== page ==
The capital of Sweden, Stockholm, is also the country’s largest city, with more than 930,000 inhabitants. Other large cities are Gothenburg, in western Sweden (population 550,000), and Malmö (population 300,000) in the south. Uppsala and Lund are well-known university cities.
There are 10 million people in Sweden, of whom about 2 million are under the age of 18. Eighty-five percent of them live in cities. Sweden is a very multicultural country: 15 per cent of Swedes were born in another country, while about one in five children in Sweden has a family with roots in another country.
Swedish is the official language of Sweden. The vast majority of Swedes also speak English, and generally to a very high level. Many Swedish multinational organisations have English as their corporate language, and a large number of university degree programmes and courses are taught in English. Sweden is home to five official national minority languages, and countless other languages are spoken by Sweden’s diverse population. The largest, after Swedish, are Finnish, Serbo-Croatian, Arabic, Kurdish, Spanish, German and Farsi (source, in Swedish).
Swedes study and work hard but they also take their rest and relaxation seriously. So the fika – a coffee break that normally consists of coffee or tea, cookies or sweet buns, but can also include soft drinks, fruit and sandwiches – is a social institution and an important part of the national culture. You can fika (it’s a verb as well as a noun) with your family or on your first date.
Tuition fees in Sweden vary depending upon the subject though the average fee for master’s programme is SEK 129,000/year while bachelor programmes are generally less expensive.
A standard range of tuition fees for various subjects is shown below though the exact level may vary.
Students who are citizens of countries outside of the EU/EEA planning to study in Sweden for at least three months will need to apply for a residence permit for studies in Sweden. As the application process for residence permits can be lengthy, you should apply as soon as you have received your notification of admission.
See Residence permits and visas for more information on applying for a residence permit for studies in Sweden, as well as information for citizens of EU/EEA/Nordic countries and Switzerland.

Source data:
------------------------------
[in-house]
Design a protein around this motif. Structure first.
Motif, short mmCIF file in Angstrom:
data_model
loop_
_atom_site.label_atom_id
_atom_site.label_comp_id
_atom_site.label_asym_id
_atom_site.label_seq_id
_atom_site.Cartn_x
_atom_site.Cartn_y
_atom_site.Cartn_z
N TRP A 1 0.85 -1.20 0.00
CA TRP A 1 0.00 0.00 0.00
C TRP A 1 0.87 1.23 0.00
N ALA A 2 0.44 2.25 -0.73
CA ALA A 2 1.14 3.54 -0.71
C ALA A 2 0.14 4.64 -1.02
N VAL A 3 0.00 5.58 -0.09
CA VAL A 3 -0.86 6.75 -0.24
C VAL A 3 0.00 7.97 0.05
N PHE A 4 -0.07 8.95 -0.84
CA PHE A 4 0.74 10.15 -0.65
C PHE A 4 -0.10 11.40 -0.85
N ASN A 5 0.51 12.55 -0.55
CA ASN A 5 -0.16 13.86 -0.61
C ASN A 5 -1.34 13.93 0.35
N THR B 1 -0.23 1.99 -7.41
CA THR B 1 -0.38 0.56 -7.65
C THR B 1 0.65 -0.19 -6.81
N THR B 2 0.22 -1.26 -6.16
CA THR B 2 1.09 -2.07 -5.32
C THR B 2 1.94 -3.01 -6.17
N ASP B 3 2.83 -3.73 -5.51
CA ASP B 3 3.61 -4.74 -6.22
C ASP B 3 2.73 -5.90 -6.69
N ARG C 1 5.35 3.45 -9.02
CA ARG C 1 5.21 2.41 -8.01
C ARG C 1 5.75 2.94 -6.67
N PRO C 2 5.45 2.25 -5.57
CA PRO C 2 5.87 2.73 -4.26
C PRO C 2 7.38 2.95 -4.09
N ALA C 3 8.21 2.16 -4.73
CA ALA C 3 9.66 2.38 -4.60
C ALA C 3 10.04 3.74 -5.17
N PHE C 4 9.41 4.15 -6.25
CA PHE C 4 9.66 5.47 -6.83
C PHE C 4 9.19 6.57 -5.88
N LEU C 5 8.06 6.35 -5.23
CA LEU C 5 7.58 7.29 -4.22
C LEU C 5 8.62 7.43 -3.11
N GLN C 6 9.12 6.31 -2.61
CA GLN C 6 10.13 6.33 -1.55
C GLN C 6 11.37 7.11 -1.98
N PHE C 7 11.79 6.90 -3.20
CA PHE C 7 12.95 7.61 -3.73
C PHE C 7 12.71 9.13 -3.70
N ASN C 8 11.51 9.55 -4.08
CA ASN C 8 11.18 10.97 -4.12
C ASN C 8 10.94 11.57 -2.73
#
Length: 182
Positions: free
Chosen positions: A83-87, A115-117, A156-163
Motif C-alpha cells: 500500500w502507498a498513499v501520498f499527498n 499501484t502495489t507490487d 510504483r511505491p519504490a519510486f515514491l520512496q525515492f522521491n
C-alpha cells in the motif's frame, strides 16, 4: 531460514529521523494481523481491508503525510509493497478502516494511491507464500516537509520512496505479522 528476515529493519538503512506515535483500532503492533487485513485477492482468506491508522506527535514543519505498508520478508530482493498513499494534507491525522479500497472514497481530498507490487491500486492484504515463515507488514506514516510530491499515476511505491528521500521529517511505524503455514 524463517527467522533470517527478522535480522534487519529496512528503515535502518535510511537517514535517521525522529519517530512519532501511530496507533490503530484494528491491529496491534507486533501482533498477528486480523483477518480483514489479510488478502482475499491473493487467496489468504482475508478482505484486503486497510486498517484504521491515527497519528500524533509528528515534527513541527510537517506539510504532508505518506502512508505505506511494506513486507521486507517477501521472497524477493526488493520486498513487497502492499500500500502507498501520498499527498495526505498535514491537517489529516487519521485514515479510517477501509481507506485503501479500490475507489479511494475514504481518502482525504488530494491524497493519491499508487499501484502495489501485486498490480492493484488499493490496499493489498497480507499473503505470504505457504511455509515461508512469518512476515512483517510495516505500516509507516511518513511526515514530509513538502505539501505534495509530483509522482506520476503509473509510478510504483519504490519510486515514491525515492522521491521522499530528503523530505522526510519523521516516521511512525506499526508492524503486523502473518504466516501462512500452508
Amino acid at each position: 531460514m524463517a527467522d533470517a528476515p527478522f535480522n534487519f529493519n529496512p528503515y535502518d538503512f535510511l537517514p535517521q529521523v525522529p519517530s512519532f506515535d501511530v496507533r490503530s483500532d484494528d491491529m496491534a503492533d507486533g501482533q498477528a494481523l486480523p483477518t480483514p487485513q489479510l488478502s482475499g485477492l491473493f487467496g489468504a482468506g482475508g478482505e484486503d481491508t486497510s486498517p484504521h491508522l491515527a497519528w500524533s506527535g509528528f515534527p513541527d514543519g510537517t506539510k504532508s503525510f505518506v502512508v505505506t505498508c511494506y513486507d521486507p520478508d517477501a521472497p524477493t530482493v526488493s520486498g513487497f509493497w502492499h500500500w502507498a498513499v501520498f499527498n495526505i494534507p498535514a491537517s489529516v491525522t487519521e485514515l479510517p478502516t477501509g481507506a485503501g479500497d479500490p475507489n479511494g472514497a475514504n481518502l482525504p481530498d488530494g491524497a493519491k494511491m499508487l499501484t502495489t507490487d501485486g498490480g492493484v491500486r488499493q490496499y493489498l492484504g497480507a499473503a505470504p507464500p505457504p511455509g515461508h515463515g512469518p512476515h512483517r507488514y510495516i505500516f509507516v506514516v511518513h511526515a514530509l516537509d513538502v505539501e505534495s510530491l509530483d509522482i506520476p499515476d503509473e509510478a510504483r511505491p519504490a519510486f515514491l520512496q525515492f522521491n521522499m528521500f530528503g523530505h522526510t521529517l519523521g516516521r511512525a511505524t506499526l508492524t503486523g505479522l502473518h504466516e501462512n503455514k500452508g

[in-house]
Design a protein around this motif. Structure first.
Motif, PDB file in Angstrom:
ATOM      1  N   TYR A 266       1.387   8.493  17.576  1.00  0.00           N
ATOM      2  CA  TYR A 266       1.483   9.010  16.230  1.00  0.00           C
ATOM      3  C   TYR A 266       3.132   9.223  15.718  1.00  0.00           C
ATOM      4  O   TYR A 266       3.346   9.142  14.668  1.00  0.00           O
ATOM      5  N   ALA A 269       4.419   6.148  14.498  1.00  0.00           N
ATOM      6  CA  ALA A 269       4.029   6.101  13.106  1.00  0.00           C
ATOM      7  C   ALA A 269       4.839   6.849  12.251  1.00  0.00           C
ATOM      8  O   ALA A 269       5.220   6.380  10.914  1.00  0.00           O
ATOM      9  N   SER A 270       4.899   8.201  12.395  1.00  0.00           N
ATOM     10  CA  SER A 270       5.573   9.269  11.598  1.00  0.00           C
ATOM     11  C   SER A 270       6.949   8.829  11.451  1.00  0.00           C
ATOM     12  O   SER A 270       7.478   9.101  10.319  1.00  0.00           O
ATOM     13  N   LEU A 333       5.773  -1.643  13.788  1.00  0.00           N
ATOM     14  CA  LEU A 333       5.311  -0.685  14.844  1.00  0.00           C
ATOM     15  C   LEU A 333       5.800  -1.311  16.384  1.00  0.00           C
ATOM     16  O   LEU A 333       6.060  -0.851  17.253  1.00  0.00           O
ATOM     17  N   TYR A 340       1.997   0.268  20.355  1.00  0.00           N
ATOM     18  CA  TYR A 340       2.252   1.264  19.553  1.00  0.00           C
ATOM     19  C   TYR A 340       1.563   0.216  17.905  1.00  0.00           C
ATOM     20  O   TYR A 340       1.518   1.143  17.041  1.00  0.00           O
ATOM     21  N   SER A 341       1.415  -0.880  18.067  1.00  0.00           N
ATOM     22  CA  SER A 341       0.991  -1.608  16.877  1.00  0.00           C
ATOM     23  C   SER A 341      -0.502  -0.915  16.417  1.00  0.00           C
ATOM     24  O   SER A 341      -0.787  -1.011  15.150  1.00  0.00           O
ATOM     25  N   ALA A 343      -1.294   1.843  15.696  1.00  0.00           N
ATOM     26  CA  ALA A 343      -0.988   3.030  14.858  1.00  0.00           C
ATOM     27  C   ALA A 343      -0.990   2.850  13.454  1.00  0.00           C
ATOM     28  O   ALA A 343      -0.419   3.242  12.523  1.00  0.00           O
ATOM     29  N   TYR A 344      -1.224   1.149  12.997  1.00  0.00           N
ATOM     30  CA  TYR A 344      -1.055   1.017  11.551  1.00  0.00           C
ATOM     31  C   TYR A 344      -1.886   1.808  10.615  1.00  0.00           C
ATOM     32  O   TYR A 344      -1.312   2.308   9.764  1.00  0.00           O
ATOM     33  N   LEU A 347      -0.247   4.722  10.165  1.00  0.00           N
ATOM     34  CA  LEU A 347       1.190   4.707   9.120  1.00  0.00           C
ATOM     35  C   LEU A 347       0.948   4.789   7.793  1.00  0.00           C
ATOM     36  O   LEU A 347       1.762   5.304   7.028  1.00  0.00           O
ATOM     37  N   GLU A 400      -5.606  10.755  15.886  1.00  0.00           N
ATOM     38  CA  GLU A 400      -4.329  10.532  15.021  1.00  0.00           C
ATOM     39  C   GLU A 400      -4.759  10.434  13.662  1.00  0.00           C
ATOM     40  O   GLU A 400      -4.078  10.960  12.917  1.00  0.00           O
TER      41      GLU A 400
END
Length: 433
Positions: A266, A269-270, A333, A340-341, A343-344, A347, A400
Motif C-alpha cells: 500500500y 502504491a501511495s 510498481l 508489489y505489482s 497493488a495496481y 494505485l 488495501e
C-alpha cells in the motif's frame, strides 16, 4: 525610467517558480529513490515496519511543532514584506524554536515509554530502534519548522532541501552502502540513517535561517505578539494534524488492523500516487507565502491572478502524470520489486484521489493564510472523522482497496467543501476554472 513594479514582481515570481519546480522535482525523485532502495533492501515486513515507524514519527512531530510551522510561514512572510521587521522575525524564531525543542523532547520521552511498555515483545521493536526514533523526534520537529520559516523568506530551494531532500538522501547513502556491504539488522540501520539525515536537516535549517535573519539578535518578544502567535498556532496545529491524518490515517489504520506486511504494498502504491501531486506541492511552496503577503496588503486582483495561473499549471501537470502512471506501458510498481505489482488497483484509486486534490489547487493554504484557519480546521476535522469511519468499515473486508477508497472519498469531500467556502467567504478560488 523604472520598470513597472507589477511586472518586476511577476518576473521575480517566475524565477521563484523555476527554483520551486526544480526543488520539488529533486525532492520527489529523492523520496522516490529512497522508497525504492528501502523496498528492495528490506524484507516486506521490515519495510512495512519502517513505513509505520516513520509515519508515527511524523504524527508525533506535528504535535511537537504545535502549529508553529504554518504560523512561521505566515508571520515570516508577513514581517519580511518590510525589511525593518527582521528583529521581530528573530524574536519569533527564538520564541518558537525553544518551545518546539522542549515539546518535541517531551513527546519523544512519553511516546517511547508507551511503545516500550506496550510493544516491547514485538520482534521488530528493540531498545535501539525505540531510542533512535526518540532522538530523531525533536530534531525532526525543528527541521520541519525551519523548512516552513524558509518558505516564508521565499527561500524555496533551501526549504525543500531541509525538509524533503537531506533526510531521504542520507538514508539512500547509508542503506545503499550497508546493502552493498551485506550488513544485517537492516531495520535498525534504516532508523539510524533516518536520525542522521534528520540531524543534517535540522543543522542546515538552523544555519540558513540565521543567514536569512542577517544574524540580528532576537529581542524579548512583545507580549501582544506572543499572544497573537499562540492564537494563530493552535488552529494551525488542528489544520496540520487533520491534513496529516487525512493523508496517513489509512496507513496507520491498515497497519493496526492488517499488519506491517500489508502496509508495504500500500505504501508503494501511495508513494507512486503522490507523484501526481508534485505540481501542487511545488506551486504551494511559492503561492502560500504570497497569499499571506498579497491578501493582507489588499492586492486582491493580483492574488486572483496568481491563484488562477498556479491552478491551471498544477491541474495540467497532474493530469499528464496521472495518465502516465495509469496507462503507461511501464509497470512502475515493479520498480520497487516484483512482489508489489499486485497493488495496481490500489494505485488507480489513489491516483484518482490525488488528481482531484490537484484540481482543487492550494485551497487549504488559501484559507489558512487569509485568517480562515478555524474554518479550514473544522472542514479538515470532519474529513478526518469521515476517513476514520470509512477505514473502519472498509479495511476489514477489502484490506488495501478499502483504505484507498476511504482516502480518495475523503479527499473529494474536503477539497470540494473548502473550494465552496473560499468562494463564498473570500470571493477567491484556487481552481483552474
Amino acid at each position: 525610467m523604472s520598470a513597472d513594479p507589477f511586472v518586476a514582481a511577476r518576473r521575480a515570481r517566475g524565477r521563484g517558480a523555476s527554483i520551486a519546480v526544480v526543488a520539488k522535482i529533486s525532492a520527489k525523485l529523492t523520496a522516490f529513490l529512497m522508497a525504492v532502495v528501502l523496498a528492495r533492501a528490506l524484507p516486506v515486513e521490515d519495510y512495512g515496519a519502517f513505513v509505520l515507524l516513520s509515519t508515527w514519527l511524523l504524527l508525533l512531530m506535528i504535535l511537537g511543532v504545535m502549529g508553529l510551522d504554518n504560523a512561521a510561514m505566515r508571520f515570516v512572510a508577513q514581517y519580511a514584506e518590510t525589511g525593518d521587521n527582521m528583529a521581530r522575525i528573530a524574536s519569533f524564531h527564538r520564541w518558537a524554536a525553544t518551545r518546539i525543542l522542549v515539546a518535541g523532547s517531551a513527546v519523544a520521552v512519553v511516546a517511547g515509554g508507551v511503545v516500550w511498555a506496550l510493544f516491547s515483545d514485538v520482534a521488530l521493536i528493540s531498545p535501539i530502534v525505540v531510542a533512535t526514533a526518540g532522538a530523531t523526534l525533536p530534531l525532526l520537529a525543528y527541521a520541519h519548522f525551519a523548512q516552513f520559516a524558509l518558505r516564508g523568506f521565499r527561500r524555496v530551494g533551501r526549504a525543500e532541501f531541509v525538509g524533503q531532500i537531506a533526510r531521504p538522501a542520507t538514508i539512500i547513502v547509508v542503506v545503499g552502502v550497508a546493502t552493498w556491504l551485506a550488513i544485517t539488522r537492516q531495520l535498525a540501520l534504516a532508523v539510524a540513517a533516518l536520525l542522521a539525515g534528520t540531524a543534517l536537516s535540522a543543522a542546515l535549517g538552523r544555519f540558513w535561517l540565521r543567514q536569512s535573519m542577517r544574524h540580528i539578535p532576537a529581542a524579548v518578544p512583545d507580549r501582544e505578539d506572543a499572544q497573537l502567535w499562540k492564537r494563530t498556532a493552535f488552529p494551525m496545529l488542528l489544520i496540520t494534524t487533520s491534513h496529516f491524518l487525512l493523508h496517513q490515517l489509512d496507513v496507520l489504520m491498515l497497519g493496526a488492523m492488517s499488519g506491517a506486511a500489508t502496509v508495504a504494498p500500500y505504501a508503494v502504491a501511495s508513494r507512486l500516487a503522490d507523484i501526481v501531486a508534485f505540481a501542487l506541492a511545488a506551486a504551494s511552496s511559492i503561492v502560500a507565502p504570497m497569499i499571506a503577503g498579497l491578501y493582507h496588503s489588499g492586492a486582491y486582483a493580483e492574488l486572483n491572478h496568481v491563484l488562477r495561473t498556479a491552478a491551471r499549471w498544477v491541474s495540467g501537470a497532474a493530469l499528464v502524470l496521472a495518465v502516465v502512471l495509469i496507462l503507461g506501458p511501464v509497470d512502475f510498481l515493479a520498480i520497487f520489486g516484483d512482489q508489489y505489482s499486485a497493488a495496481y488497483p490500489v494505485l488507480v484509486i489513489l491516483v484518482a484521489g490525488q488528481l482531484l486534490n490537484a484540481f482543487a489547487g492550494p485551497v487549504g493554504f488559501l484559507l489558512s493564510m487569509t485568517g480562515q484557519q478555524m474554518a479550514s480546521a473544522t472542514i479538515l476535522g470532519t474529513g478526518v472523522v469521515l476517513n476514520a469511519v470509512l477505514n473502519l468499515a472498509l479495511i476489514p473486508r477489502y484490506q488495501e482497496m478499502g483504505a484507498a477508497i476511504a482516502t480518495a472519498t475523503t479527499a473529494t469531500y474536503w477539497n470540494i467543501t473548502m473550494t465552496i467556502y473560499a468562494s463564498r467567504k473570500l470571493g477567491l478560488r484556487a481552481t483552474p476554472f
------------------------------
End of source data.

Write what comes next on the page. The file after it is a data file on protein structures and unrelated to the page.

The following steps outline the application process for bachelor’s programmes at Swedish universities. Applications are processed through the central application portal Universityadmissions.se.
Please note that for some programmes, mainly within the fine arts, application procedures and deadlines may vary. Always consult the university’s official website for programme-specific application guidelines.
Each programme is subject to general entry requirements and programme-specific entry requirements. Once you’ve decided on the programmes you’d like to apply for, check both sets of guidelines to determine your eligibility:
Applications are made through the portal Universityadmissions.se, a central application service where you can apply for up to four different programmes at different universities around Sweden with one application.
The application will include the following:Visit Universityadmissions.se for full details on how to apply and to submit your application.
After the deadline passes, your application will undergo a selection procedure determined by the individual university and based on various criteria, such as grades obtained and results of previous courses and degree projects. All of these will influence the outcome of your application.
The decision on whether to accept an applicant rests with the academic institutions themselves.
You will receive your admission results – the Notification of Selection Results – on Universityadmissions.se on the date relevant for your application round.
If you’re not a citizen of the EU, EEA or Switzerland you will also be required to pay the first instalment of the tuition fee (often the first semester’s tuition) at this point